Under the Korean Commercial Code, the liability of an air carrier (cargo carrier) for damage to the cargo is limited to 19 SDR per 1kg of cargo (15 SDR for domestic accidents). The “per kg” limitation of liability of an air cargo carrier can be compared with the ocean cargo carrier’s limitation of liability per weight (2 SDR per weight). However, there is no regulation on the limitation of liability per package/unit or on the exclusion of the limitation of liability in case of an air carrier’s liability for damages to the cargo. Accordingly, the grounds for the exclusion of an ocean cargo carrier’s limitation of liability (i.e., carrier’s intent/willful misconduct and recklessness) will not likely apply for an air cargo carrier’s liability for damage to the cargo.

6.  Limitation of Liability for Damages against a Third Party within the Territorial Area

Under Article 932 of the Korean Commercial Code, the limitation on an air carrier’s liability for the damages against a third party within the territorial area depends on the weight of the aircraft. However, if the damages are intently caused by the aircraft operator, its agent or employee, limited liability (limitation  of  liability)  is excluded. The grounds for exclusion of limitation of liability for damages  against  a  third  party  within  the territorial area do not include a carrier’s general grounds for exclusion (e.g., recklessness or omission). As such, this limitation is distinguishable  from the other limitation of liability.

7.   Defense for Limitation of Liability by an Employee and Agent and Limitation on the Total Amount of Limitation of Liability

If a carrier’s employee or agent faces a claim for damages, they may invoke the carrier’s defense for limitation of liability.  In such a case, the total amount of limitation of liability for passengers, baggage, or cargo borne by a carrier and its employee or agent cannot exceed the carrier’s limitation of liability prescribed in the Korean Commercial Code for the loss of, damage to or delayed arrival of a passenger, baggage and cargo (Article 899 (2) and (4) of the Korean Commercial Code).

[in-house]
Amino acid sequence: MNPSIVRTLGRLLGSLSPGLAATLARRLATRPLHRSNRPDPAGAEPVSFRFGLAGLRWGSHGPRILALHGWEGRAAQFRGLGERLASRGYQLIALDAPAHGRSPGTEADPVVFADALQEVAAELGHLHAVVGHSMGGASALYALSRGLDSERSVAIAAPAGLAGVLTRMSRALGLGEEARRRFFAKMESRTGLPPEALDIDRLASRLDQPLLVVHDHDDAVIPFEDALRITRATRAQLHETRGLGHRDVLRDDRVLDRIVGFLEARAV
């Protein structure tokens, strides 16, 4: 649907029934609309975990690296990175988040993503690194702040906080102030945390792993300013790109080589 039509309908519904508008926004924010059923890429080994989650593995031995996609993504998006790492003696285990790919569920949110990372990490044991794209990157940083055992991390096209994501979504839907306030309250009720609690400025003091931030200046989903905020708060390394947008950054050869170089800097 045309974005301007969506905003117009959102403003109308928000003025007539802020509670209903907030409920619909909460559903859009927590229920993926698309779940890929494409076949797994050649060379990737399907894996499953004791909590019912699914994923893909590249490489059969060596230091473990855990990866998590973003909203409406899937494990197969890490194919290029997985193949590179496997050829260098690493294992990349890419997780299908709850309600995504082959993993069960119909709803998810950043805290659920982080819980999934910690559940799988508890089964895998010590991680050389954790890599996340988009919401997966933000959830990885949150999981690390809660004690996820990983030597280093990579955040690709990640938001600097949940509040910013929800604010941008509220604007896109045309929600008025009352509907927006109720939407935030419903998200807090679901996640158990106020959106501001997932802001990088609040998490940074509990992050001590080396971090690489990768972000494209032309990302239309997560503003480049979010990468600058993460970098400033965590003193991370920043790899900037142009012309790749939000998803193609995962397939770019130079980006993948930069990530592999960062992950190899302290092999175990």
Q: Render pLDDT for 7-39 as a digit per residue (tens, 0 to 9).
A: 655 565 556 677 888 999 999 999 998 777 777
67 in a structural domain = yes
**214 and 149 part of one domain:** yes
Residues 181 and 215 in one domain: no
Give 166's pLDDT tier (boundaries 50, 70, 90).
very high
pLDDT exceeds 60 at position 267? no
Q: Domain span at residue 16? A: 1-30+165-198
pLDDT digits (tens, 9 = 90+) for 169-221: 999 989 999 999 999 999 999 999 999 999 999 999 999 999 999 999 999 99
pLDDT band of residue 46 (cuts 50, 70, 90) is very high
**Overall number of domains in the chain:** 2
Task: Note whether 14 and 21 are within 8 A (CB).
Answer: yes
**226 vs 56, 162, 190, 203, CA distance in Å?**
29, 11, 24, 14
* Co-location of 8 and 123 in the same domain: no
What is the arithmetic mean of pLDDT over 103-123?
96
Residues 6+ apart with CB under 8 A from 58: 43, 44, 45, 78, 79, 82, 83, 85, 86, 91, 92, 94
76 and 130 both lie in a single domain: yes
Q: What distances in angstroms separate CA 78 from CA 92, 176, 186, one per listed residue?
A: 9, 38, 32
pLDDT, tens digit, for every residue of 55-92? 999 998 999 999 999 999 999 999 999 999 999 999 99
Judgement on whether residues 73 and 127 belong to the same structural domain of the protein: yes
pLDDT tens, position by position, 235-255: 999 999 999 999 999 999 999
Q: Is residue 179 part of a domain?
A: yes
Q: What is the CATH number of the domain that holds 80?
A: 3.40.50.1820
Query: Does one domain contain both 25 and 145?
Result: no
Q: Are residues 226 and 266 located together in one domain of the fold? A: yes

8. Possibility of Limitation of Liability of an Air Carrier by Agreement 

Airlines generally follow the International Air Transport Association’s Conditions of Carriage (the “IATA Conditions”) for their conditions of carriage and the IATA Conditions directly follow the limitation of liability (the limit) of the Montreal Convention. If the contractual limitation of liability provided under the conditions of carriage like the IATA Conditions is equal to, or in excess of, the statutory limitation of liability of the Korean Commercial Code, the validity of such limitation is less susceptible to objections. However, if the amount of limitation of liability under the conditions of carriage like the IATA Conditions amounts to less than the statutory limitation of liability of the Korean Commercial Code, such limitation may be a violation of the compelling statutes and may be deemed invalid.

9. Comparison to the Limitation of Liability of an Ocean Carrier

Under the Warsaw system, similar to an ocean carrier’s limitation of liability, an air carrier’s limitation of liability was set and the carrier was excluded from limitation of liability for death and injury of its passenger if such carrier acted by intent/willful misconduct or recklessness. However, after the adoption of the Montreal Convention, the Korean Commercial Code was amended to make an air carrier absolutely liable for the death and injury of its passenger, unlike its ocean counterpart. Furthermore, the Korean Commercial Code currently regulates the air and ocean carriers’ amount of limitation of liability and exclusionary grounds of limitation of liability for damages, including damages to non-passengers and cargo, differently.

If the rules for the limitation of liability of air carriers are identical or similar to the regulations for the limitation of liability of ocean carriers, legal interpretations and precedents regarding ocean carriers’ liabilities may act as a standard for the legal interpretations of air carriers’ liabilities. However, it is advisable to pay close attention to the differences in the rules on the liabilities of an ocean carrier and air carrier and the legal interpretations that will arise from these differences.